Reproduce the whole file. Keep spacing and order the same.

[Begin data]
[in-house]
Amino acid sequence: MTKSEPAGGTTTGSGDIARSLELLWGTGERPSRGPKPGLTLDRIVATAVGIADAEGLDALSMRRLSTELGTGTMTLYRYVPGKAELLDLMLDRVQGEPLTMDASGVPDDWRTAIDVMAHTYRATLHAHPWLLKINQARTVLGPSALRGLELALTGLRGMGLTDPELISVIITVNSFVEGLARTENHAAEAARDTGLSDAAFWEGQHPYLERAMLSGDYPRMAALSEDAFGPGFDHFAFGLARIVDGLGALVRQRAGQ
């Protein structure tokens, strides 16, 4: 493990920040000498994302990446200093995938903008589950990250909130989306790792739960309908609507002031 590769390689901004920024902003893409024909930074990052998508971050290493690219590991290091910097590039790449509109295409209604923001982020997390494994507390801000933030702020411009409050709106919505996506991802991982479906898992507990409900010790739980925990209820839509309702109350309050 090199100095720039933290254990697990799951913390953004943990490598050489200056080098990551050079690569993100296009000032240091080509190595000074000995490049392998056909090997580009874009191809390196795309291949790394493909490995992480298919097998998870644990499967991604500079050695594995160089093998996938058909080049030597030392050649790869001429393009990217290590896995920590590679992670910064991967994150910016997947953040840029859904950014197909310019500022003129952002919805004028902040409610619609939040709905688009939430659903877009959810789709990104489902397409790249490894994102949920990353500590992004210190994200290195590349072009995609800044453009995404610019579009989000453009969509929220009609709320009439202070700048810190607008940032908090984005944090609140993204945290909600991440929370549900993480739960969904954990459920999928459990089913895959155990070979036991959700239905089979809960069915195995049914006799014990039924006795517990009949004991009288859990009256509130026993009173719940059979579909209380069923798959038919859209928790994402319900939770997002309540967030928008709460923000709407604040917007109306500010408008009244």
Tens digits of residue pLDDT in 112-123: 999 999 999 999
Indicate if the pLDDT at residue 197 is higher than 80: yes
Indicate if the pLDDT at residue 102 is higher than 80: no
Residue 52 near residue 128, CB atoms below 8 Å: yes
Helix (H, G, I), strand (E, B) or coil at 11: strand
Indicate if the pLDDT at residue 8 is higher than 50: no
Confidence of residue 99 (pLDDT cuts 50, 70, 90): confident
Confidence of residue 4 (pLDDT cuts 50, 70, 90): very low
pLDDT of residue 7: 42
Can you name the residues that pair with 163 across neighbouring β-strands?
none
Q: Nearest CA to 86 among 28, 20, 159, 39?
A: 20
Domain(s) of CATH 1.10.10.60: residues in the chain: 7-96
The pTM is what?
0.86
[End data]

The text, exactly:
[in-house]
Amino acid sequence: MTKSEPAGGTTTGSGDIARSLELLWGTGERPSRGPKPGLTLDRIVATAVGIADAEGLDALSMRRLSTELGTGTMTLYRYVPGKAELLDLMLDRVQGEPLTMDASGVPDDWRTAIDVMAHTYRATLHAHPWLLKINQARTVLGPSALRGLELALTGLRGMGLTDPELISVIITVNSFVEGLARTENHAAEAARDTGLSDAAFWEGQHPYLERAMLSGDYPRMAALSEDAFGPGFDHFAFGLARIVDGLGALVRQRAGQ
């Protein structure tokens, strides 16, 4: 493990920040000498994302990446200093995938903008589950990250909130989306790792739960309908609507002031 590769390689901004920024902003893409024909930074990052998508971050290493690219590991290091910097590039790449509109295409209604923001982020997390494994507390801000933030702020411009409050709106919505996506991802991982479906898992507990409900010790739980925990209820839509309702109350309050 090199100095720039933290254990697990799951913390953004943990490598050489200056080098990551050079690569993100296009000032240091080509190595000074000995490049392998056909090997580009874009191809390196795309291949790394493909490995992480298919097998998870644990499967991604500079050695594995160089093998996938058909080049030597030392050649790869001429393009990217290590896995920590590679992670910064991967994150910016997947953040840029859904950014197909310019500022003129952002919805004028902040409610619609939040709905688009939430659903877009959810789709990104489902397409790249490894994102949920990353500590992004210190994200290195590349072009995609800044453009995404610019579009989000453009969509929220009609709320009439202070700048810190607008940032908090984005944090609140993204945290909600991440929370549900993480739960969904954990459920999928459990089913895959155990070979036991959700239905089979809960069915195995049914006799014990039924006795517990009949004991009288859990009256509130026993009173719940059979579909209380069923798959038919859209928790994402319900939770997002309540967030928008709460923000709407604040917007109306500010408008009244």
Tens digits of residue pLDDT in 112-123: 999 999 999 999
Indicate if the pLDDT at residue 197 is higher than 80: yes
Indicate if the pLDDT at residue 102 is higher than 80: no
Residue 52 near residue 128, CB atoms below 8 Å: yes
Helix (H, G, I), strand (E, B) or coil at 11: strand
Indicate if the pLDDT at residue 8 is higher than 50: no
Confidence of residue 99 (pLDDT cuts 50, 70, 90): confident
Confidence of residue 4 (pLDDT cuts 50, 70, 90): very low
pLDDT of residue 7: 42
Can you name the residues that pair with 163 across neighbouring β-strands?
none
Q: Nearest CA to 86 among 28, 20, 159, 39?
A: 20
Domain(s) of CATH 1.10.10.60: residues in the chain: 7-96
The pTM is what?
0.86